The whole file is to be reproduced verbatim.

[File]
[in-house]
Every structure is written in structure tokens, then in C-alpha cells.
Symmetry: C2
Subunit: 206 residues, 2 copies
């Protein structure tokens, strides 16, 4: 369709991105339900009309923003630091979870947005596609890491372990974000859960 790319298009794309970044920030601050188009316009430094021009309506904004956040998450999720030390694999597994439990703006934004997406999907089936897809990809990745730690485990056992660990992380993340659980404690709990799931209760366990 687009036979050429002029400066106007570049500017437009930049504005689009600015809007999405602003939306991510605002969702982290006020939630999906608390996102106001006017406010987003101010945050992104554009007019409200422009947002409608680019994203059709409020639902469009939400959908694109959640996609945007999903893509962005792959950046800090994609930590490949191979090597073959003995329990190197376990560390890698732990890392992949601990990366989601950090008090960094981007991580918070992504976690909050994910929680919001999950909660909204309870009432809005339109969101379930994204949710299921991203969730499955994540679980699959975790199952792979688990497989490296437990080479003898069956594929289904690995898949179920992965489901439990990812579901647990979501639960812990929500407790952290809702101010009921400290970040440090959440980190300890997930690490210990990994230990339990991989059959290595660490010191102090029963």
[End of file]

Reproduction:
[in-house]
Every structure is written in structure tokens, then in C-alpha cells.
Symmetry: C2
Subunit: 206 residues, 2 copies
């Protein structure tokens, strides 16, 4: 369709991105339900009309923003630091979870947005596609890491372990974000859960 790319298009794309970044920030601050188009316009430094021009309506904004956040998450999720030390694999597994439990703006934004997406999907089936897809990809990745730690485990056992660990992380993340659980404690709990799931209760366990 687009036979050429002029400066106007570049500017437009930049504005689009600015809007999405602003939306991510605002969702982290006020939630999906608390996102106001006017406010987003101010945050992104554009007019409200422009947002409608680019994203059709409020639902469009939400959908694109959640996609945007999903893509962005792959950046800090994609930590490949191979090597073959003995329990190197376990560390890698732990890392992949601990990366989601950090008090960094981007991580918070992504976690909050994910929680919001999950909660909204309870009432809005339109969101379930994204949710299921991203969730499955994540679980699959975790199952792979688990497989490296437990080479003898069956594929289904690995898949179920992965489901439990990812579901647990979501639960812990929500407790952290809702101010009921400290970040440090959440980190300890997930690490210990990994230990339990991989059959290595660490010191102090029963």